Artist Marina Abramovic’s ‘Crystal Wall of Weeping’ commemorates Jews killed in Babyn Yar massacre

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Artist Marina Abramovic performs alongside her work “Crystal Wall of Crying” at Babyn Yar, the site of one of the biggest Holocaust massacres of WWII, in Kiev, Ukraine on 4 October 2021. Photo taken on October 4, 2021. REUTERS / Gleb Garanich

KYIV, October 6 (Reuters) – A group of people walk slowly in silence past a thick, self-sustaining wall made of coal with large quartz crystals protruding from it. People stop to touch the crystals and stand near the 40-meter-long structure, some with their eyes closed.

“The Crystal Wall of Weeping,” an interactive installation by world-renowned performance artist Marina Abramovic, was erected in the Ukrainian capital to commemorate Jews killed in one of the Holocaust’s biggest massacres during the Second World War.

It will be officially unveiled Wednesday evening as part of a series of events marking the 80th anniversary since Nazi troops shot dead nearly 34,000 Jewish men, women and children in the wooded Babyn Yar ravine on September 29-30, 1941. .

A symbolic extension of the Western Wall in Jerusalem, the artwork is a “wall for healing,” Abramovic told Reuters in an interview ahead of the ceremony.

“You come here and you look like it’s a park. There are so many trees, so much nature, it’s so much life. You know, people come here to sit in the sun, little children are playing, but all of that, you know, is part of reality, ”said the 74-year-old Serbian artist, speaking in English.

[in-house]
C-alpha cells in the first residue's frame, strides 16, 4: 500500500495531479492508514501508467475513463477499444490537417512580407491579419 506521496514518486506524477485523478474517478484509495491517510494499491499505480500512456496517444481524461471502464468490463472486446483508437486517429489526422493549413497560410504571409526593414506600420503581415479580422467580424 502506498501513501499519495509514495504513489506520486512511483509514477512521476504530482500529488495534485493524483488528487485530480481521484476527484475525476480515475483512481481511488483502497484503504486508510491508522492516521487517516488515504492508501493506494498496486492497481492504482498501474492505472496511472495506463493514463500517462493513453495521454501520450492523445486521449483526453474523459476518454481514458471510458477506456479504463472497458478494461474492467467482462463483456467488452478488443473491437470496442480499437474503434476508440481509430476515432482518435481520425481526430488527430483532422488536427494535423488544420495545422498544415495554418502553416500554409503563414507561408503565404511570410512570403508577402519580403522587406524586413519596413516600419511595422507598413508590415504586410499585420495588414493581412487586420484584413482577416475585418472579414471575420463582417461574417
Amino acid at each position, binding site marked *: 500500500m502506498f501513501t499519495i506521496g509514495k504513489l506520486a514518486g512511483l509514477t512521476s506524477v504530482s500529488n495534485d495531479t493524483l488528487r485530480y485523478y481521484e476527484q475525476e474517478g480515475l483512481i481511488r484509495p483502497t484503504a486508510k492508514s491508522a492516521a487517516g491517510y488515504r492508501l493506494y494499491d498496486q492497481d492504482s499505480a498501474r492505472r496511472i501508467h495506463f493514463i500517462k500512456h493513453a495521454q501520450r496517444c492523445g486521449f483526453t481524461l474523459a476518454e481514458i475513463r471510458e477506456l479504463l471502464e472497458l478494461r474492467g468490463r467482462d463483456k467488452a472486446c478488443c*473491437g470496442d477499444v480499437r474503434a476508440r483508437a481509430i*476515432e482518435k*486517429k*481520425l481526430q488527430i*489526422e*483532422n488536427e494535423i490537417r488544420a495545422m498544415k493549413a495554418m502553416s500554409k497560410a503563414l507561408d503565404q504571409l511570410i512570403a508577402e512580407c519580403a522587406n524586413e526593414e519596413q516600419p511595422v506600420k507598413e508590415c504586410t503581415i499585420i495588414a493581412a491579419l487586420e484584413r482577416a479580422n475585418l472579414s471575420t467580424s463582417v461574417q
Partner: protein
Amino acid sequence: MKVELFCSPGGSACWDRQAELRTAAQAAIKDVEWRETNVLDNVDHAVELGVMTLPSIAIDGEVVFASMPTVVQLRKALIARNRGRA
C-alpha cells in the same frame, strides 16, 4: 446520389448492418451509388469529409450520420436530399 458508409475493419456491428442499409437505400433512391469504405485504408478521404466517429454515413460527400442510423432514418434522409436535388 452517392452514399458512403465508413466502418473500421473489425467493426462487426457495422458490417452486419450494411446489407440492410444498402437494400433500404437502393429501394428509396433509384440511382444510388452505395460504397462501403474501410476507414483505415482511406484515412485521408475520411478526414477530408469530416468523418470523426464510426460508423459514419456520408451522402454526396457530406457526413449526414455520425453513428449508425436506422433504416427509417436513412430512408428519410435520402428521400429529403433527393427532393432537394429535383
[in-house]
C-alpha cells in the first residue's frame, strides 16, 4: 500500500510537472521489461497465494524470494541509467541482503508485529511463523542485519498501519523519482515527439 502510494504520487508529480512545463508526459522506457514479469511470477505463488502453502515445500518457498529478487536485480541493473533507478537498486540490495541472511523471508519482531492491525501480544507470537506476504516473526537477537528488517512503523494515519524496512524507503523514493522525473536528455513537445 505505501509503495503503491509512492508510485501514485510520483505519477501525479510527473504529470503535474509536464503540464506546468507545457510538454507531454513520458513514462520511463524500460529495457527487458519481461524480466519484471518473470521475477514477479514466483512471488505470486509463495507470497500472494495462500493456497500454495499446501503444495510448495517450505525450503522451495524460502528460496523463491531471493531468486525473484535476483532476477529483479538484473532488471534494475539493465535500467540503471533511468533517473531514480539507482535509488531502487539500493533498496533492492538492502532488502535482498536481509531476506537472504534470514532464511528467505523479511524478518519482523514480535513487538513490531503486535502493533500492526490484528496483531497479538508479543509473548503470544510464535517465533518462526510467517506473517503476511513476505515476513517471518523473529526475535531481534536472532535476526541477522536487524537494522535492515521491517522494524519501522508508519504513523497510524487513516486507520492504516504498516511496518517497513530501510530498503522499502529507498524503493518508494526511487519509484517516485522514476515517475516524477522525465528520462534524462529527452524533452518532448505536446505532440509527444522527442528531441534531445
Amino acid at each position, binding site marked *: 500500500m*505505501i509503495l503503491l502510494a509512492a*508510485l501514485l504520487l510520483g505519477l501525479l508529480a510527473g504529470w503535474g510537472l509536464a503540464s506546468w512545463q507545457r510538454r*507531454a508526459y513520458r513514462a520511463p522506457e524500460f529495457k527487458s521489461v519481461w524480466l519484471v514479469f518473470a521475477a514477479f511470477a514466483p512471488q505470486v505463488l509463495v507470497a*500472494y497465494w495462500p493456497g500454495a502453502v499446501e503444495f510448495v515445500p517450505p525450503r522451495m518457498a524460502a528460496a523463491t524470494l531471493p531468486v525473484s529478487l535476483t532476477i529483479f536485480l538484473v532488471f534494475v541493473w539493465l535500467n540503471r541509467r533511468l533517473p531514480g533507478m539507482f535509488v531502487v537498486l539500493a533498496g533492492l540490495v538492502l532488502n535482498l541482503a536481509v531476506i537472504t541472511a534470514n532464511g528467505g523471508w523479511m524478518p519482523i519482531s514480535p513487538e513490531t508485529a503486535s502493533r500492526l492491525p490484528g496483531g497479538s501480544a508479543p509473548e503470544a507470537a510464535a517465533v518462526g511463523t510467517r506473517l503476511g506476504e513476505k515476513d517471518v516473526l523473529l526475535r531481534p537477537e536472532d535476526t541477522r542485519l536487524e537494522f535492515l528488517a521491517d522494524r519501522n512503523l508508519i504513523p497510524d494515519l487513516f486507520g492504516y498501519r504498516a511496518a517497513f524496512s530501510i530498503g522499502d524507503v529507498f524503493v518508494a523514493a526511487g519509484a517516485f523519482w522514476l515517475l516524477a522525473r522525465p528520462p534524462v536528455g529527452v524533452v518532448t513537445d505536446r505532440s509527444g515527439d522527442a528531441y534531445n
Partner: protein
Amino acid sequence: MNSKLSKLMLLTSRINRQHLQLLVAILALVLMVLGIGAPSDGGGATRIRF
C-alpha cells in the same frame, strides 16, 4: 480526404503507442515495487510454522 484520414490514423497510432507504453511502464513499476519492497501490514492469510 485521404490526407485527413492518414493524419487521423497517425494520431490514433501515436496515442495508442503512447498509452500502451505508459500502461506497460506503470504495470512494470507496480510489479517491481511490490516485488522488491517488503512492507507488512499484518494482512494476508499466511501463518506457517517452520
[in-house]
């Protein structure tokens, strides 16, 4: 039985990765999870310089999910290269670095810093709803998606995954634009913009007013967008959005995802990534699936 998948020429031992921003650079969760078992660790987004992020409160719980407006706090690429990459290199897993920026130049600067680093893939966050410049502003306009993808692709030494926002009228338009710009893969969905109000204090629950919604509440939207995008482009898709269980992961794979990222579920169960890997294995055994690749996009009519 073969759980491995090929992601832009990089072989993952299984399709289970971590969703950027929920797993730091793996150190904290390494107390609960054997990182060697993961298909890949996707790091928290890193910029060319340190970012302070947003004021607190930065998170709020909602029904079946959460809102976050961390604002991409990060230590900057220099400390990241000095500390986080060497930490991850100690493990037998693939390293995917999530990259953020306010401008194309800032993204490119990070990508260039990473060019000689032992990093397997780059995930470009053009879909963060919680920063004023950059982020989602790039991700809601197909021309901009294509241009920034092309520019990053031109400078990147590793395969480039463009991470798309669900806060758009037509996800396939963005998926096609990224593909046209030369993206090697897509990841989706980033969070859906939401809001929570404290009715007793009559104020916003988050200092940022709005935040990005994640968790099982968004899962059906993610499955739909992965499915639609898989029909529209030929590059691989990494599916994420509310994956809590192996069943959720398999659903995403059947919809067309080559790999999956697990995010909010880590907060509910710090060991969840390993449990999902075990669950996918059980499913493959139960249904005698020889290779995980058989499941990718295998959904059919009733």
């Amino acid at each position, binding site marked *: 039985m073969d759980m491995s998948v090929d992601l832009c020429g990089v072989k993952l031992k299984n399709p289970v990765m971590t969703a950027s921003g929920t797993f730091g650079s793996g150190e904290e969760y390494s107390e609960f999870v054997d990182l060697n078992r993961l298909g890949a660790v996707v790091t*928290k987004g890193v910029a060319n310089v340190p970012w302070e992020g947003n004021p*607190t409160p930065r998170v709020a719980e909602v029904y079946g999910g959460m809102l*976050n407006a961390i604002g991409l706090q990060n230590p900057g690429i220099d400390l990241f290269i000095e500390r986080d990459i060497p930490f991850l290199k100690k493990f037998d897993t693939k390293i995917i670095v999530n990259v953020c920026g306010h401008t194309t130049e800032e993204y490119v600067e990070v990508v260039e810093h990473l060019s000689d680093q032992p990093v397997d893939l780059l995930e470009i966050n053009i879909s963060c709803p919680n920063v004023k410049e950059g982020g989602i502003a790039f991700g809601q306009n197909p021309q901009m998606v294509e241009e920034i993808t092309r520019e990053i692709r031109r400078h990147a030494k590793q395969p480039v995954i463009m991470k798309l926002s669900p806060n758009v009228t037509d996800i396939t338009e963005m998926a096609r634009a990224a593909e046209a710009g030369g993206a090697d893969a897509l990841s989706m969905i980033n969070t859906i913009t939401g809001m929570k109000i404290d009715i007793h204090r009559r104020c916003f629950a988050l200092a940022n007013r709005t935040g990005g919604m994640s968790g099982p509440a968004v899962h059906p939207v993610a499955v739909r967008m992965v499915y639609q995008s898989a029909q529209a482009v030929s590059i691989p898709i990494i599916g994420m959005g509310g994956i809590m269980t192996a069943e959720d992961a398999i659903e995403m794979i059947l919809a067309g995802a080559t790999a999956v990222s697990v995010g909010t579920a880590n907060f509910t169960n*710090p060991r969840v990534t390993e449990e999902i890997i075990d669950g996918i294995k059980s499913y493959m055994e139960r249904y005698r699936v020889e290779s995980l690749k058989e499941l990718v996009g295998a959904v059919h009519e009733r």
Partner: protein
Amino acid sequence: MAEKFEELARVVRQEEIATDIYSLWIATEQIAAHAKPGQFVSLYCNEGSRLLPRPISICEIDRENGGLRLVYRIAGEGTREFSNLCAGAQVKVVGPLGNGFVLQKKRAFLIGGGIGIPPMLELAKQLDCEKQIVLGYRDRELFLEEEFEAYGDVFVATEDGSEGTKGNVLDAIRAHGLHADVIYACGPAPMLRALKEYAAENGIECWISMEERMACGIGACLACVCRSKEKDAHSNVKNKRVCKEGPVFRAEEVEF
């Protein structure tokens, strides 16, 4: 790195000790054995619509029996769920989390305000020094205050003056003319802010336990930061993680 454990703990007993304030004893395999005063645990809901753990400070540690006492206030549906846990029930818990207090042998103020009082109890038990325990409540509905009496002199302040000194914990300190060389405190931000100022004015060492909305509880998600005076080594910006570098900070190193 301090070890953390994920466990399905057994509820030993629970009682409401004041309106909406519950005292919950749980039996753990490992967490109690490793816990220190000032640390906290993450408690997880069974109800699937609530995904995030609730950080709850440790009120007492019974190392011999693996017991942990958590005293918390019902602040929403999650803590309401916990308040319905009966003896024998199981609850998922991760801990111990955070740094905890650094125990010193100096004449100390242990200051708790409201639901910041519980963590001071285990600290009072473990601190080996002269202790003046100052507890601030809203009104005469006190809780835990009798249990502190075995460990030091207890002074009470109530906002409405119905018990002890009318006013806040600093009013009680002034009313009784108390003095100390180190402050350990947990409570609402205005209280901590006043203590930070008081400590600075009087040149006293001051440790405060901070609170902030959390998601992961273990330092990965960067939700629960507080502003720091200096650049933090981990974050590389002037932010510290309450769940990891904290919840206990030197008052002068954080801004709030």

“But another part of reality – you know that something terrible, terrible happened at the same time. And that kind of memory cannot leave you. So you have this mixture of feeling of beauty, of heaviness. and past that’s there all the time. “

The wall is one of many new installations in a commemorative project for Babyn Yar. A synagogue built of wood and designed to unfold like a pop-up book opened in May. Read more

Abramovic, known for her work with crystals, chose anthracite from Ukrainian mines and rock quartz crystals from Brazil.

“I want to create the transcendent image of any war, anytime, anywhere,” she said.

“Whatever we do, there is always violence, there is always a war somewhere, there is always something that we should not be doing as people. And I like to create images that teach us. : ‘stop that'”.

Editing by Matthias Williams and Gareth Jones

Our standards: Thomson Reuters Trust Principles.


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